Ellie Bray Swanston celebrates her relationship with her grandparents, making assemblages of objects found during the emptying of their house and a magnificent coracle-like boat covered in a patchwork of fabrics from her grandfather’s sewing box -mother. It is a work of the heart, done with tenderness and precision.
These words could also be used by Denise Delaunay-Wood, a photographer, who works on aging and the family, always taking the time to find the fresh angle, the unexpected look. Indre Sakute has made a tender sculpture exploring her relationship with her twin.
Installation-based work is performed to a similarly high standard. Phoebe Mackie works on the processing of memories and invites viewers to tear out a page of her unleavened paper prints, tear it up, and watch it dissolve in water from a Belfast sink in a sort of silent ritual. Carla Smith celebrates the pleasure of a shared meal with a table set with handmade cutlery and crockery and a pasta vending machine.
Georgia Walker tackles the theme of voyeurism with a recreation of a bedroom that we are invited to explore and a virtual reality tour of her own personal space. Erin Jarrett explores bigotry by building a bar and printing slogans on beer coasters and communion wafers.
Tracey Clark (as Chroisloch Art) uses her work as a carer to ask questions about the impact of confinement on those already in isolation, and invites the people she cares for to be part of her work, writing down their thoughts and their memories for her. Sarah Sanger merges sculpture and screen printing to explore anxiety and technology.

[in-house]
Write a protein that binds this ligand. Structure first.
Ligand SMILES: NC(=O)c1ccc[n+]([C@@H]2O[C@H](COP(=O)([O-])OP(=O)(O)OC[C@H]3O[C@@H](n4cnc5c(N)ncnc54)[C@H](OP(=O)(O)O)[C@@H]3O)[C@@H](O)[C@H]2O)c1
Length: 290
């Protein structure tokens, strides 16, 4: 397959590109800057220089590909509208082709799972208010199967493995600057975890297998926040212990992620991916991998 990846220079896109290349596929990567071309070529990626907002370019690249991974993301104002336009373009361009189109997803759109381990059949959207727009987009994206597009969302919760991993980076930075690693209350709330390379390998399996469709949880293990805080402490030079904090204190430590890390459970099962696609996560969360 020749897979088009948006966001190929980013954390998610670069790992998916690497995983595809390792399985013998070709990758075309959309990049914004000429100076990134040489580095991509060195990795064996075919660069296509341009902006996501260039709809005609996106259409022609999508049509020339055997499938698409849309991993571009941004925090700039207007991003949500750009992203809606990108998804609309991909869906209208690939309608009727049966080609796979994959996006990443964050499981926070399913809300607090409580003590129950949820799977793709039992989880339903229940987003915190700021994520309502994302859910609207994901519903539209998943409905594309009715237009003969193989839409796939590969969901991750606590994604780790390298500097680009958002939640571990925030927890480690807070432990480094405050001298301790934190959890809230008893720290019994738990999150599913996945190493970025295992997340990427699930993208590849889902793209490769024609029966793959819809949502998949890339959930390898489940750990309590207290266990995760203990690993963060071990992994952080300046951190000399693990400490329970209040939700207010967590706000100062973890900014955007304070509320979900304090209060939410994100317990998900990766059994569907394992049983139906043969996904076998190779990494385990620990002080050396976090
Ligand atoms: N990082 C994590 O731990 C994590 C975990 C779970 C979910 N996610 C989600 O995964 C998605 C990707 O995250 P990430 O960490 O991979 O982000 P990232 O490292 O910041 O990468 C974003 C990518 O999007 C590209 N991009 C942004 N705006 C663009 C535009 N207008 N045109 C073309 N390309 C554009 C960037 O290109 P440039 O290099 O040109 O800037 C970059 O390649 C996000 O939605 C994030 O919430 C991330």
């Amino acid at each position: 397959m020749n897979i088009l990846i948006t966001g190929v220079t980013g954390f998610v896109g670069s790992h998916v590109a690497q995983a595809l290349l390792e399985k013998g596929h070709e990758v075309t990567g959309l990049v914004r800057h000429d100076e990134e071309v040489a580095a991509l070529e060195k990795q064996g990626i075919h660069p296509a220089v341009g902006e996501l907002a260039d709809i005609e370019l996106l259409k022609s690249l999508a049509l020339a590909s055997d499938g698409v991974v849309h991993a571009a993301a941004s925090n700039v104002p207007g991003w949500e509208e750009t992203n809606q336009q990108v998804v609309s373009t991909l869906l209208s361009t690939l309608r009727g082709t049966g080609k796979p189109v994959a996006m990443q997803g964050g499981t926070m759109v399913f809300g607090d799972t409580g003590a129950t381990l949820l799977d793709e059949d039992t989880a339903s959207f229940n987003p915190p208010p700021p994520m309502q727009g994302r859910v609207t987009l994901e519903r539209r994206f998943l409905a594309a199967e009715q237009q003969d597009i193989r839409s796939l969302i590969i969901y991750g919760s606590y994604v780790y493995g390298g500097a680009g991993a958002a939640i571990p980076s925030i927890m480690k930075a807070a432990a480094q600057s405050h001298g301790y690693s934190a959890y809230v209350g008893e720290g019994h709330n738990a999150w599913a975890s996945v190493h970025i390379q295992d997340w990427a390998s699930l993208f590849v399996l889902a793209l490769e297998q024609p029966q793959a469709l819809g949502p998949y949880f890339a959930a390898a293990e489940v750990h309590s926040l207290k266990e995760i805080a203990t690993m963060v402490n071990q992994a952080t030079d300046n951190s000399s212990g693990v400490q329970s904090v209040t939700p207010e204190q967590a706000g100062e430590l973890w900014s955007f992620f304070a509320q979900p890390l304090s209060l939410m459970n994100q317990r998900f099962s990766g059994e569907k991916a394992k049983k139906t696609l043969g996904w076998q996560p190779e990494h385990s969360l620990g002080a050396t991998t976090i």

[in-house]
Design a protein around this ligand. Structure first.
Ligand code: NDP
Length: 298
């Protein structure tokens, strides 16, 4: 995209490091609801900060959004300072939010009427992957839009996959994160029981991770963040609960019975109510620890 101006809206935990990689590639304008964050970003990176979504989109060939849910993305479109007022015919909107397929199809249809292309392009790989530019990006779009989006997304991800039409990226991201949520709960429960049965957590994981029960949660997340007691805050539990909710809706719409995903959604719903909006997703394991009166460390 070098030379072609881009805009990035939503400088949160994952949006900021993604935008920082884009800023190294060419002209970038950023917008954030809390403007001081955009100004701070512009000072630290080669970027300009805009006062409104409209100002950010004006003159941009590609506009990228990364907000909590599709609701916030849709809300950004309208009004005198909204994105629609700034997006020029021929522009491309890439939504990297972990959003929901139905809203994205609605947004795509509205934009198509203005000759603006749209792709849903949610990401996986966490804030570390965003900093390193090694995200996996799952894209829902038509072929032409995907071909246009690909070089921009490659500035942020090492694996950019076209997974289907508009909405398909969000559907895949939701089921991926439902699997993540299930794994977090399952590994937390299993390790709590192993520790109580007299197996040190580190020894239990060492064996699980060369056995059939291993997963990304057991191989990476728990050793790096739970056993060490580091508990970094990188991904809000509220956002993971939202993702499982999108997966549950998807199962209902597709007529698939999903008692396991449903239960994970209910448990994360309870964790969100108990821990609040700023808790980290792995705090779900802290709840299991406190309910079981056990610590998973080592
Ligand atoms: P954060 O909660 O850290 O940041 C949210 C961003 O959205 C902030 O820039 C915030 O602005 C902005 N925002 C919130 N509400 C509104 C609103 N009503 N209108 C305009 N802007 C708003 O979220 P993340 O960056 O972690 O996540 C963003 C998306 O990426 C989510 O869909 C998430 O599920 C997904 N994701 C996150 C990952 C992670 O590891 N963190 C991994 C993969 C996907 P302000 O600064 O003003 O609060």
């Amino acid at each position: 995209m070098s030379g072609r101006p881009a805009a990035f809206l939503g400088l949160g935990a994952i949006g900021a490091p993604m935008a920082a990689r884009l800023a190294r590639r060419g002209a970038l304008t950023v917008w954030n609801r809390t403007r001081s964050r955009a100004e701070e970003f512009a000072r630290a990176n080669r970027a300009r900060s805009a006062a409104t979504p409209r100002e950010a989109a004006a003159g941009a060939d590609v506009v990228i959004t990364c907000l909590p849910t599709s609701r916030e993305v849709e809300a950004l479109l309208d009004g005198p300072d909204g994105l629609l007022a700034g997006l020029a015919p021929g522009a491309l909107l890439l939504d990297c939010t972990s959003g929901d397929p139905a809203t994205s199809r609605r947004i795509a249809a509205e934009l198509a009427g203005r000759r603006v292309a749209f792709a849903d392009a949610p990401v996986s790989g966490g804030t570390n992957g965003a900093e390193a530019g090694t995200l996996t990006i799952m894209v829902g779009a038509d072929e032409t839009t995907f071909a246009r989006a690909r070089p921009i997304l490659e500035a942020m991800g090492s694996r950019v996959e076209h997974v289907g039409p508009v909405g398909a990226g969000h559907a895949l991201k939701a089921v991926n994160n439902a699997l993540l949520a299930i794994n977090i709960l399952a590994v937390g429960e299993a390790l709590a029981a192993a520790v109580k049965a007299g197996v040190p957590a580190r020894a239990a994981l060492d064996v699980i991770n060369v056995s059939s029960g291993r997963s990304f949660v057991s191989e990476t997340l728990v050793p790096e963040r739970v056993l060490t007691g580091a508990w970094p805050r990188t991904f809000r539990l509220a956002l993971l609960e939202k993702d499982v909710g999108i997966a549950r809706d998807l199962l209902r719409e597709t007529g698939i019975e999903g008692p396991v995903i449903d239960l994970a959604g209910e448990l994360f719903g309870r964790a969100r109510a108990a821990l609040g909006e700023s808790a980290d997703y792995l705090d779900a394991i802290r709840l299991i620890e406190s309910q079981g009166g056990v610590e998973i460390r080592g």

In photography, Malgorzata Kotz traveled to northern Ukraine (before the Russian invasion) to explore the city of Pripyat, abandoned after the Chernobyl disaster in 1986, and took atmospheric and reflective photographs. The same adjectives could be used for Maria Strang, whose work examines the traces of the Clearances in Assynt, while Joshua Jackson takes a colorful look at Northern Ireland through its cityscapes and family memories.
Meanwhile, artist-run organization Look Again hosts emerging, showcasing the work of nine artists who have just completed a graduate-in-residence program at Gray’s. The majority of them graduated in 2020 and 2021 and did not have a physical degree.
Artists were asked to select an object from the RGU Art & Heritage Collection to respond to. Iris Walker-Reid chose a door painted by David Pettigrew, part of her senior year work in 1971, and incorporates it into the show, placing it in a door frame she made and making it more of a portal than never.
Painter Marcus Murison found kinship in a 2000 painting by George Ziffo that speaks to his own exploration of the urban environment. Textile artist Kirsty Robertson examines Shetland knitting patterns, then creates textile works using what she has learned and her own family stories.
Others use the works in the collection as a springboard like a trampoline. Ben Cairns begins with 19th century crystal glass models and ends with photographs of once-inhabited landscapes in the North East. Performance duo Olive and Anya (Joe Morris and Claudia Sneddon) begins with photographs of 1970s respiratory expenditure tests and ends with “2 Pink 2 Stink,” a visceral film that defies expectations between gay and straight. They’re set to shock and it won’t be everyone’s cup of tea but, like so much of Gray’s work this year, the depth of thought and quality of presentation are beyond reproach.